Jasmine is now leading a campaign to resurrect Luton’s Youth Council after it was axed in public sector cuts.
She said: “I voiced my concerns to friends and community figures. This is something that needs to change as right now Luton doesn’t have a youth-led organisation where young people can be involved with the democratic process of our town.”
A meeting was held at the town hall and it was agreed to set up a youth board with representatives from different schools and youth organisations. Jasmine hopes this will be up and running by the end of this year.
Jasmine has taken part in three ‘Try a Hijab’ events. “So many people thanked us for coming out, talking and trying to break stereotypes about Muslims. What really made me smile is that despite our colours, races, culture, ethnic backgrounds and religions, we all were able to come together in harmony.”
She lost count of how many women and girls tried on the hijabs.
YOPEY has been praised by national leaders including former prime ministers and the new Education Secretary who said YOPEY seeks out ‘ordinary’ young people who contribute “something extraordinary to their communities”.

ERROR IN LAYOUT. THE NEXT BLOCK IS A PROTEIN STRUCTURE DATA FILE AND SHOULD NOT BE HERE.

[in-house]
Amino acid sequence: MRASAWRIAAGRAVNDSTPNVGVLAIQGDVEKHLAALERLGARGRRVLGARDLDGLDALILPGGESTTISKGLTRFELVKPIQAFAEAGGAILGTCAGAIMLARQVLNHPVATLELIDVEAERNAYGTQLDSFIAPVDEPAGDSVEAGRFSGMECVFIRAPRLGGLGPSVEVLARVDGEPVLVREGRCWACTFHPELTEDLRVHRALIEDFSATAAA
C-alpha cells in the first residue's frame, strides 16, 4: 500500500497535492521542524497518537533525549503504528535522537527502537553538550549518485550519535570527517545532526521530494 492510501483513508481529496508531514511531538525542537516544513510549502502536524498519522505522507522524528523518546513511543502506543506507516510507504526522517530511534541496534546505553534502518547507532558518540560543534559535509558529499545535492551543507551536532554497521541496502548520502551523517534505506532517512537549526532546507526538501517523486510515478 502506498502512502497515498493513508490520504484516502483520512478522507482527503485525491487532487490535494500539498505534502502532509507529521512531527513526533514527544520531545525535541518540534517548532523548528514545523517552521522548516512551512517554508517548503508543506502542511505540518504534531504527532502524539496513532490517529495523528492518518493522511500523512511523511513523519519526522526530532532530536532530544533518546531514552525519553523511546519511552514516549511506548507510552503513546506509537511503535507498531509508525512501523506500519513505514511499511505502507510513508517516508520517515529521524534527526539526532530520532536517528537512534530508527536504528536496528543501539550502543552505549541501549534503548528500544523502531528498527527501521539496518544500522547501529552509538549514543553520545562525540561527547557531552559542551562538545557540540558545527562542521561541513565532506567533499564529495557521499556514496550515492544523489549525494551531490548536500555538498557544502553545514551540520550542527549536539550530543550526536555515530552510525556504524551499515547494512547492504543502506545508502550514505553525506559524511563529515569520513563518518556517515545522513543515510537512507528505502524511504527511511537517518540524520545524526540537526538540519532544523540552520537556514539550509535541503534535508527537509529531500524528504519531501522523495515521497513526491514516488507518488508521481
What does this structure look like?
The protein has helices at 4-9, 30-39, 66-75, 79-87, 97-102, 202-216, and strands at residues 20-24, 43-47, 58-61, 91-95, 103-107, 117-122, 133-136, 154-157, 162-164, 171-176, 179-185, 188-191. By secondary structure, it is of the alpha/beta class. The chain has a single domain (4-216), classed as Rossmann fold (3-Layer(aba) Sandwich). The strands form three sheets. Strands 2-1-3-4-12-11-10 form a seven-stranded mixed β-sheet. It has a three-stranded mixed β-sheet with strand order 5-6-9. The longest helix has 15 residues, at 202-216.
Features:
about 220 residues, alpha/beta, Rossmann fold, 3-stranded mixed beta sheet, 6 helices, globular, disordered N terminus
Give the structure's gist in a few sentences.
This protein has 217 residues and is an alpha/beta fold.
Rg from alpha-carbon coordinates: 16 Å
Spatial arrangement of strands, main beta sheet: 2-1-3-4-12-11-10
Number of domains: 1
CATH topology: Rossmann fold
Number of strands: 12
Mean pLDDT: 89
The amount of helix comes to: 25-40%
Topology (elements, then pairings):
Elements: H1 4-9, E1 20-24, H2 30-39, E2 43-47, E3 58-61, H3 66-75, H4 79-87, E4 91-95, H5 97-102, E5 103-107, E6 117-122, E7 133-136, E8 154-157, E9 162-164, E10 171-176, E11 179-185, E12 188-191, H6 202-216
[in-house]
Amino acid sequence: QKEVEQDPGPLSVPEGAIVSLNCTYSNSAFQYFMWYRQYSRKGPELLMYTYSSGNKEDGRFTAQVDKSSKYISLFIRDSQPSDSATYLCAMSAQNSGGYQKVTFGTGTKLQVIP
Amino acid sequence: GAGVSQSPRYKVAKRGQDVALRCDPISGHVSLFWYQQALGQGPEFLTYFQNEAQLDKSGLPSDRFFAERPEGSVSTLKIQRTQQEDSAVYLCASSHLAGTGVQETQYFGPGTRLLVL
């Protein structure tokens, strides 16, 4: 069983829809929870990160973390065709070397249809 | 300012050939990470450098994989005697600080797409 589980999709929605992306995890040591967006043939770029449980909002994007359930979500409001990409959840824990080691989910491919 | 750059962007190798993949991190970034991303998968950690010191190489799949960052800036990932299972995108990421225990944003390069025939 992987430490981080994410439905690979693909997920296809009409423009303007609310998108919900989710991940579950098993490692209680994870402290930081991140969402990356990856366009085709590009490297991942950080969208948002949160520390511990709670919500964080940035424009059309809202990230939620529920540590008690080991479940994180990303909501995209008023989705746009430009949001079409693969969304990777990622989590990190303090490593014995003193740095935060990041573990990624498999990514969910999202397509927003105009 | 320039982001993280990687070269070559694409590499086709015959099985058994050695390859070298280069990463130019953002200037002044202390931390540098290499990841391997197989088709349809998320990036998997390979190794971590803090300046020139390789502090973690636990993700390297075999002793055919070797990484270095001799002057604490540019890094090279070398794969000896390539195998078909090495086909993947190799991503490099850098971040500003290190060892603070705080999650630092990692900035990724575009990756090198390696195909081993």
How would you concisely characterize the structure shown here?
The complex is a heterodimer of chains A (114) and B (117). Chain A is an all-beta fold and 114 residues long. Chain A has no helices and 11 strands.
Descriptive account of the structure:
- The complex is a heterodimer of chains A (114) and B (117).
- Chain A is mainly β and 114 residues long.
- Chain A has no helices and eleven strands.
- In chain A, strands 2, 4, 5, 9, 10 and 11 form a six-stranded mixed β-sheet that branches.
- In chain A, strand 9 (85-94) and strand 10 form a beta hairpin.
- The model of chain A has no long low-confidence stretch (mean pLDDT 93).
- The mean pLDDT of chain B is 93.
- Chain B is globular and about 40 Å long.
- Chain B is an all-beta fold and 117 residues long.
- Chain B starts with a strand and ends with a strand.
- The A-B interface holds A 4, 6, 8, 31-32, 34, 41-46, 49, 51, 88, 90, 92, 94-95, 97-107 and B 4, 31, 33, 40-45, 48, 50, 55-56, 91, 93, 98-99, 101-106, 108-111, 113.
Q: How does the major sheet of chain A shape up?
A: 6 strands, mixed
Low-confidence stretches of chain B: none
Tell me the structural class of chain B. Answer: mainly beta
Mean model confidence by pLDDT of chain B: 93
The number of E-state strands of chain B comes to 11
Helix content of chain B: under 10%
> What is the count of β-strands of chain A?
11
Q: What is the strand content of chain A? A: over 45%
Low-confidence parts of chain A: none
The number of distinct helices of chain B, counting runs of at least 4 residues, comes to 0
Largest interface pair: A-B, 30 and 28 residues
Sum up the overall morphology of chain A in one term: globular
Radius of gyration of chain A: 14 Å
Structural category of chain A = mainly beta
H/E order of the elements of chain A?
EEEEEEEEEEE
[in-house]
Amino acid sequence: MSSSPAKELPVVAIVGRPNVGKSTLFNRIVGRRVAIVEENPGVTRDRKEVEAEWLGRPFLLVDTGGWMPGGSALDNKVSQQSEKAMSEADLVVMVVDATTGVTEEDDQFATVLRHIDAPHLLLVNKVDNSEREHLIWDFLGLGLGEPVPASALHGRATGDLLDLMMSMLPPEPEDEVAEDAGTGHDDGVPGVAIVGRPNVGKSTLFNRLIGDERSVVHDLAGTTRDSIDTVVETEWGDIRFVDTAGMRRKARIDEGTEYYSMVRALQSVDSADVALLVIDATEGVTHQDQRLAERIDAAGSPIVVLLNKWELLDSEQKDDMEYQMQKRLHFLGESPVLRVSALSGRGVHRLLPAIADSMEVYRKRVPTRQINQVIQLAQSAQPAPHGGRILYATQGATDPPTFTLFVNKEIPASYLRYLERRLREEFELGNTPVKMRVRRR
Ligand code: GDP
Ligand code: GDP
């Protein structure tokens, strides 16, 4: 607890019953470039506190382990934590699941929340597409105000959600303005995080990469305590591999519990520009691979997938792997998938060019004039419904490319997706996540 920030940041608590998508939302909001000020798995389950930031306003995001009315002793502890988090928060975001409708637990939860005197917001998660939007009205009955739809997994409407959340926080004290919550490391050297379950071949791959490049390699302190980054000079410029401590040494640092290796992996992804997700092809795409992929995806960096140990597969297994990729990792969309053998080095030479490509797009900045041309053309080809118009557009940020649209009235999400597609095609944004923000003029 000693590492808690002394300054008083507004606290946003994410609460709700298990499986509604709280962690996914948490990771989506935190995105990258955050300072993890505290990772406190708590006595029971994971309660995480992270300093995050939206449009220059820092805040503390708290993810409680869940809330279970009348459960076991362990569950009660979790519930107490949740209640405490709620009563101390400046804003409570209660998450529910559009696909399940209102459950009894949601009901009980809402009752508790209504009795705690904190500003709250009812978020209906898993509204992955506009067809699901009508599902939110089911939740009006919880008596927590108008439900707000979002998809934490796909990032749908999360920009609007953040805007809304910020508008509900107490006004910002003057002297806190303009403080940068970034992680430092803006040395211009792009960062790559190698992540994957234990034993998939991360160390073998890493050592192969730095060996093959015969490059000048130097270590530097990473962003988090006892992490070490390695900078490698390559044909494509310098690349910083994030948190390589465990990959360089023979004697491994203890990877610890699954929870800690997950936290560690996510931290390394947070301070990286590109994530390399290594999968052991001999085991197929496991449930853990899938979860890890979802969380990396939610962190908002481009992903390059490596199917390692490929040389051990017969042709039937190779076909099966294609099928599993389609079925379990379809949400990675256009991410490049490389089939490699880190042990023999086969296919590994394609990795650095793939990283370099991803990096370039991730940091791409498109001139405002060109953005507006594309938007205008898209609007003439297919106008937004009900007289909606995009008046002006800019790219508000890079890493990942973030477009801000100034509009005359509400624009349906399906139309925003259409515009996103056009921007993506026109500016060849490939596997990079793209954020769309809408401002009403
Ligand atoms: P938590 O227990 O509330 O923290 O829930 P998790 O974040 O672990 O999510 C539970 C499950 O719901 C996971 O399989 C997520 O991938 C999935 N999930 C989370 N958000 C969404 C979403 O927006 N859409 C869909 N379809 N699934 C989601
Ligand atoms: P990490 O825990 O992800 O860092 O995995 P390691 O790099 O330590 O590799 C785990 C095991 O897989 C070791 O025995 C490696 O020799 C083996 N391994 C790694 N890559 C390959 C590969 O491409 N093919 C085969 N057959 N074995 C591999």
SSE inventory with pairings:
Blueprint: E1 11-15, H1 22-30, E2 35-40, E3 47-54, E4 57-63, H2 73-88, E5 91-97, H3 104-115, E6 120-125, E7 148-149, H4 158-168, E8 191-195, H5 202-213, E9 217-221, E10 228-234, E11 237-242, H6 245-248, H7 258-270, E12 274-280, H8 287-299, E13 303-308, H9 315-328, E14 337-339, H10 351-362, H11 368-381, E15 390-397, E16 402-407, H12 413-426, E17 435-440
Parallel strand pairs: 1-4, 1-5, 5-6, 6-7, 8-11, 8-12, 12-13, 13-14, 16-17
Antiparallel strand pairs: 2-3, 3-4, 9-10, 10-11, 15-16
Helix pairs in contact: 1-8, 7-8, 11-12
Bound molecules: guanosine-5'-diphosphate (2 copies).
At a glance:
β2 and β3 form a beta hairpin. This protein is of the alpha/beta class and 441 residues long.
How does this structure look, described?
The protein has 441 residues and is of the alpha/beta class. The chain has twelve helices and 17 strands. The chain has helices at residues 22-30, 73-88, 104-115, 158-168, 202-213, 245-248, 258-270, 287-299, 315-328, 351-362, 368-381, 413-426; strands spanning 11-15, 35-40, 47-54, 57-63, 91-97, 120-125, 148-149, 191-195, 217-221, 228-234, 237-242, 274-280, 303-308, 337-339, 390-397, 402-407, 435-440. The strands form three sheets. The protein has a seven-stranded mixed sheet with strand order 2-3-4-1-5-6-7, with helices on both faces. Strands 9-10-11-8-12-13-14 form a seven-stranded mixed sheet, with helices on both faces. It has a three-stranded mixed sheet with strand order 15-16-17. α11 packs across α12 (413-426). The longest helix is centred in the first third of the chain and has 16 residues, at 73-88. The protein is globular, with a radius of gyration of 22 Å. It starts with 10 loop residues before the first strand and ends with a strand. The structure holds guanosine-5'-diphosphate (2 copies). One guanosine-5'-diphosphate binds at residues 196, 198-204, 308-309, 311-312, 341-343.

Justine Greening MP said: “The awards provide an inspiration for other young people – and for adults – that even in difficult circumstances young people can find ways to help others and change the world around them.”
YOPEY was founded by former national newspaper journalist Tony Gearing, who said: “There are many young people in Bedfordshire doing wonderful things for others. It’s just that they live in the shadow of a well-publicised anti-social minority.
“We need to give young people the respect they deserve and set up the best as positive role models for others to copy rather than focusing on the small number who appear in the press for negative reasons.”
About this entry, Tony said: “Jasmin is clearly a great joiner of organisations and events bring the Bedfordshire community together. It is fantastic to see she is beginning to lead her own initiatives..”
As well as Atlas Converting Equipment, which manufactures wrapping equipment for various industries, this year’s Beds YOPEY is sponsored by Bedfordshire Fire & Rescue Service and recruitment company Guidant Group.
The YOPEY charity has also received grants from Bedfordshire & Luton Community Foundation, the Gale Family Trust and Wixamtree.
Schools, youth organisations, churches and charities across Beds are being urged to nominate their young people. If their nominee wins, they can receive the major share of the prize money. Family and friends can also nominate but they cannot win prize money. Young people can even nominate themselves.
> Do you know somebody who deserves the title Young Person of the Year? To nominate logon to yopey.org or write, enclosing a stamped-addressed-envelope, to YOPEY, Woodfarm Cottage, Bury Road, Stradishall, Newmarket CB8 8YN for a paper entry form. Entries close on July 31.